Session 6: Tobacco and health inequalities Seminars
Relapse prevention: a matter of taste?
There is growing and widespread concern about youth use of e-liquid flavours. Findings from a review of recent research evidence confirms that young people prefer fruit and sweet flavoured e-liquids. People like vaping liquids that taste and smell good. Do flavours, therefore, tempt young people to start using nicotine, on a pathway from vaping towards tobacco smoking dependence? Or do flavoured e liquids divert young people away from harmful tobacco smoking, and support smoking quit attempts? For adult smokers, particularly perhaps those who are vulnerable and find it most difficult to quit, might enjoying using e-liquid flavours actually promote not only cessation, but sustained tobacco smoking abstinence? The evidence will be considered within a context where societal discourses of ‘protecting innocent children’ prevail, alongside deficit based moral discourses positioning nicotine addiction as ‘bad’. Furthermore, international regulations categorising e-cigarettes as tobacco products cause considerable confusion, through implication by association that potential e-cigarette harms are on a par with the known serious harms of tobacco smoking. There is serious, consequential, misinterpretation of observational evidence. Might it be time to consider flavouring, as one aspect of the sensory pleasure of e-cigarette use, as a positive means to supporting long term smoking abstinence?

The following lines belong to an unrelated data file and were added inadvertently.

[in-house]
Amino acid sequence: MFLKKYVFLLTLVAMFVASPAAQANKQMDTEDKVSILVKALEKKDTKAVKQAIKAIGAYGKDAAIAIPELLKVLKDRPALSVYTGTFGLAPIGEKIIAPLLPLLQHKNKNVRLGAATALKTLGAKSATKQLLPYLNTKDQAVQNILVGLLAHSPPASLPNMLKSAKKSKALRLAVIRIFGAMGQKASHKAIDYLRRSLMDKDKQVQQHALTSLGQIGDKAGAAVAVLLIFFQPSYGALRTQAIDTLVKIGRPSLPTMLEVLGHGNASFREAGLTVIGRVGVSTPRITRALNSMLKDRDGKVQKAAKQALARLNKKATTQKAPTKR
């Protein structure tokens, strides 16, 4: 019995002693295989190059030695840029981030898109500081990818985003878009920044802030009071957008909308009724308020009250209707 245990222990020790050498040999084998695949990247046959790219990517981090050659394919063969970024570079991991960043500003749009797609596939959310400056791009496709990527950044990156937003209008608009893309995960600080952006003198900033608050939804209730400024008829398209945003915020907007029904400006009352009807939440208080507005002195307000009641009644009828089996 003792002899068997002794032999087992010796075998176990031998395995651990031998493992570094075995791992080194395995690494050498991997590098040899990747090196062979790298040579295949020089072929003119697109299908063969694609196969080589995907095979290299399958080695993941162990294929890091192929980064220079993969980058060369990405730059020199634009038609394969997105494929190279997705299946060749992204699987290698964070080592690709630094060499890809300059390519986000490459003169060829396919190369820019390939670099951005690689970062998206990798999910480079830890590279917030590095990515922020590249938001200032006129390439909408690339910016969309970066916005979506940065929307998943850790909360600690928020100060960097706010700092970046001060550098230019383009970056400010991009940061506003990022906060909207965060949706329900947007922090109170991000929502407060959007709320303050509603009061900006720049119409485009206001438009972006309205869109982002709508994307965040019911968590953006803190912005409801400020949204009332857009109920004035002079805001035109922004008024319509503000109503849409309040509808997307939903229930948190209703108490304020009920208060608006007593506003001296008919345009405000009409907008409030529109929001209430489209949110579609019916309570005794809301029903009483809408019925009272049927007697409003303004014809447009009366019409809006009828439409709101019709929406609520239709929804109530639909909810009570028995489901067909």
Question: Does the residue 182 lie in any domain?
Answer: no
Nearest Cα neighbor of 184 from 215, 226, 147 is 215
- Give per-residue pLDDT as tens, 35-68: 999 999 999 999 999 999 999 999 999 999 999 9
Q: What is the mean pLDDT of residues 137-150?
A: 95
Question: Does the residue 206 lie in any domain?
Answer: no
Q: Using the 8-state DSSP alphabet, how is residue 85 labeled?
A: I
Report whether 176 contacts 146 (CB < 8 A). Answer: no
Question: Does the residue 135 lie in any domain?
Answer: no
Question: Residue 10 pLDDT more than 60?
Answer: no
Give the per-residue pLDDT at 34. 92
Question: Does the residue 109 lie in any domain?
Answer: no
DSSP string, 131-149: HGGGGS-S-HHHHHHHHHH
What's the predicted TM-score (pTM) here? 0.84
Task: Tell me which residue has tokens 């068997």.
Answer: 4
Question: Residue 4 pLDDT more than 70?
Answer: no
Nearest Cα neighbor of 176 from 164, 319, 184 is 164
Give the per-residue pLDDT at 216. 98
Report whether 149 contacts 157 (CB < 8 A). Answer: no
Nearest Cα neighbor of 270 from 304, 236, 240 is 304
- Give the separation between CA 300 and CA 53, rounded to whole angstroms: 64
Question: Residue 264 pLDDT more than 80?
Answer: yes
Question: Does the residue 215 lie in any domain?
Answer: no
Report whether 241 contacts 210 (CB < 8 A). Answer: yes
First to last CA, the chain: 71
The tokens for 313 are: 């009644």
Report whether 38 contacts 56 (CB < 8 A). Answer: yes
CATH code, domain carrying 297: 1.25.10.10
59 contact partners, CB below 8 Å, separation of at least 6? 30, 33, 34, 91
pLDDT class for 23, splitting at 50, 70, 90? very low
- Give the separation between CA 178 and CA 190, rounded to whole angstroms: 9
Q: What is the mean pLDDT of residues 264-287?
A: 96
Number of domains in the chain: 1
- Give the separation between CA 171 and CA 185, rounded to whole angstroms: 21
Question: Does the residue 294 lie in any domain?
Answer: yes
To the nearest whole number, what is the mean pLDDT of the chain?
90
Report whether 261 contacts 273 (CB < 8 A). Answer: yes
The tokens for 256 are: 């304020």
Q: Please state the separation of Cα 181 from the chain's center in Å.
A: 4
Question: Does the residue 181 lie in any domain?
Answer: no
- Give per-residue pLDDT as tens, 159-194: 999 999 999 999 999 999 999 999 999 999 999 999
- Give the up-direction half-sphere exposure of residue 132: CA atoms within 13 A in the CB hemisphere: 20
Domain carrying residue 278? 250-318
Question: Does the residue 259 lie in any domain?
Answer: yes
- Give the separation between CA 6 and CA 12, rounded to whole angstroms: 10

Reaching ‘the unreachable’: Responding to people in high-risk smoking groups during the Covid-19 pandemic
Even before the Covid-19 pandemic the UK was a widely divided nation in terms of health outcomes and quality of life. Contributing to this is tobacco smoking and dependence. Smoking rates are disproportionately high amongst those living with substance disorders, without secure accommodation and with a severe mental illness. Early in the pandemic it was highlighted that smokers living with these comorbidities were at increased risk of infection and needed help to quit smoking and to reduce risky smoking practices. In this talk case examples and survey data will highlight some of the third sectors response through the offer of an e-cigarette to adults seeking shelter and using drug services. The precariousness of this 'tobacco teachable moment' will also be discussed, highlighting how poor science and media reporting can undermine these efforts.
The struggle for the vape industry; the view from the ground
When it comes to the vape industry, there are two contrasting public health narratives. According to one, plucky little vape shops are helping people stop smoking; according to the other, the tobacco industry uses e-cigarettes as a fiendish new way to enslave our kids. There is little understanding of the wide range of players in the industry, their changing market strategies and most importantly, the impact of these strategies on smokers deciding to switch. Drawing on research with smokers, vapers and vape shops in the North of England, I will outline some of the approaches used by industry players to survive in a crowded market, including offering specialist expertise, building consumer trust and ensuring good product distribution. I will contrast these strategies with the overwhelming customer emphasis on price, explain some of the reasons for this and draw some conclusions about the global prospects for tobacco harm reduction.